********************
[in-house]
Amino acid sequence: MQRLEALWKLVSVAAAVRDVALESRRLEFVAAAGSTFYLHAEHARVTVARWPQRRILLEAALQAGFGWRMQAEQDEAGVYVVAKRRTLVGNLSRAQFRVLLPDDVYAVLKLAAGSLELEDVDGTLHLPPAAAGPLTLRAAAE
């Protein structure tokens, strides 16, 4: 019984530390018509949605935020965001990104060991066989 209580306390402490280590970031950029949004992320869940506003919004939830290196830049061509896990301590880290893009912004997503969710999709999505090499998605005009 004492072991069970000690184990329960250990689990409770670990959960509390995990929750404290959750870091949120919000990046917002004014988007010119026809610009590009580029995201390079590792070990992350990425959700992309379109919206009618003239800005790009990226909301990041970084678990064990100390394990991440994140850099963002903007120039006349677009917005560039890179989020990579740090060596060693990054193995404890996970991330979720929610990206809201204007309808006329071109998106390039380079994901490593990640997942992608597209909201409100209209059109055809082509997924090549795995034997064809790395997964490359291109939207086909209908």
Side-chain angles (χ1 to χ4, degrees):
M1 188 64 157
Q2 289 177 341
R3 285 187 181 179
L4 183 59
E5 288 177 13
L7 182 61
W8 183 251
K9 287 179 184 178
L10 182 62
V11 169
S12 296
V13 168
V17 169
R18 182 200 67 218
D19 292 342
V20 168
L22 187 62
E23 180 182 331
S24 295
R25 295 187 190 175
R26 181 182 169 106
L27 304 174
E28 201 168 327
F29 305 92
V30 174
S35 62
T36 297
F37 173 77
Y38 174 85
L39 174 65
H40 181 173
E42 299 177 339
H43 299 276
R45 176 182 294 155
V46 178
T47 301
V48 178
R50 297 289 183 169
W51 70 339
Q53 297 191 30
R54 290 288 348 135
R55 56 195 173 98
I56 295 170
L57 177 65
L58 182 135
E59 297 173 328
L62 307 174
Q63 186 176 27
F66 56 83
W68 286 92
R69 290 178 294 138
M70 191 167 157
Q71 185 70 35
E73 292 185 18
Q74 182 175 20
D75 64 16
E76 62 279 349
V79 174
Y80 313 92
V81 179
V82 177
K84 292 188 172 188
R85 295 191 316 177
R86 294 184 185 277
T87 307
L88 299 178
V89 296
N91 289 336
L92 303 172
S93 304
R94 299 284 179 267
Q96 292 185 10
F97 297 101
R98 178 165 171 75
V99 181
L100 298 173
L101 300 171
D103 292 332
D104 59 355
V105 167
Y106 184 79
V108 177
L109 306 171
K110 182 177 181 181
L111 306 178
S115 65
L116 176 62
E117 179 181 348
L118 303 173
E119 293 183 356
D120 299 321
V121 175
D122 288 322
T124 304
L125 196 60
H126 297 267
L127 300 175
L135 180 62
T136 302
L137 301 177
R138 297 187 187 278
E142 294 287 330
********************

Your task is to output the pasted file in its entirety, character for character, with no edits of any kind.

[in-house]
Amino acid sequence: MQRLEALWKLVSVAAAVRDVALESRRLEFVAAAGSTFYLHAEHARVTVARWPQRRILLEAALQAGFGWRMQAEQDEAGVYVVAKRRTLVGNLSRAQFRVLLPDDVYAVLKLAAGSLELEDVDGTLHLPPAAAGPLTLRAAAE
């Protein structure tokens, strides 16, 4: 019984530390018509949605935020965001990104060991066989 209580306390402490280590970031950029949004992320869940506003919004939830290196830049061509896990301590880290893009912004997503969710999709999505090499998605005009 004492072991069970000690184990329960250990689990409770670990959960509390995990929750404290959750870091949120919000990046917002004014988007010119026809610009590009580029995201390079590792070990992350990425959700992309379109919206009618003239800005790009990226909301990041970084678990064990100390394990991440994140850099963002903007120039006349677009917005560039890179989020990579740090060596060693990054193995404890996970991330979720929610990206809201204007309808006329071109998106390039380079994901490593990640997942992608597209909201409100209209059109055809082509997924090549795995034997064809790395997964490359291109939207086909209908």
Side-chain angles (χ1 to χ4, degrees):
M1 188 64 157
Q2 289 177 341
R3 285 187 181 179
L4 183 59
E5 288 177 13
L7 182 61
W8 183 251
K9 287 179 184 178
L10 182 62
V11 169
S12 296
V13 168
V17 169
R18 182 200 67 218
D19 292 342
V20 168
L22 187 62
E23 180 182 331
S24 295
R25 295 187 190 175
R26 181 182 169 106
L27 304 174
E28 201 168 327
F29 305 92
V30 174
S35 62
T36 297
F37 173 77
Y38 174 85
L39 174 65
H40 181 173
E42 299 177 339
H43 299 276
R45 176 182 294 155
V46 178
T47 301
V48 178
R50 297 289 183 169
W51 70 339
Q53 297 191 30
R54 290 288 348 135
R55 56 195 173 98
I56 295 170
L57 177 65
L58 182 135
E59 297 173 328
L62 307 174
Q63 186 176 27
F66 56 83
W68 286 92
R69 290 178 294 138
M70 191 167 157
Q71 185 70 35
E73 292 185 18
Q74 182 175 20
D75 64 16
E76 62 279 349
V79 174
Y80 313 92
V81 179
V82 177
K84 292 188 172 188
R85 295 191 316 177
R86 294 184 185 277
T87 307
L88 299 178
V89 296
N91 289 336
L92 303 172
S93 304
R94 299 284 179 267
Q96 292 185 10
F97 297 101
R98 178 165 171 75
V99 181
L100 298 173
L101 300 171
D103 292 332
D104 59 355
V105 167
Y106 184 79
V108 177
L109 306 171
K110 182 177 181 181
L111 306 178
S115 65
L116 176 62
E117 179 181 348
L118 303 173
E119 293 183 356
D120 299 321
V121 175
D122 288 322
T124 304
L125 196 60
H126 297 267
L127 300 175
L135 180 62
T136 302
L137 301 177
R138 297 187 187 278
E142 294 287 330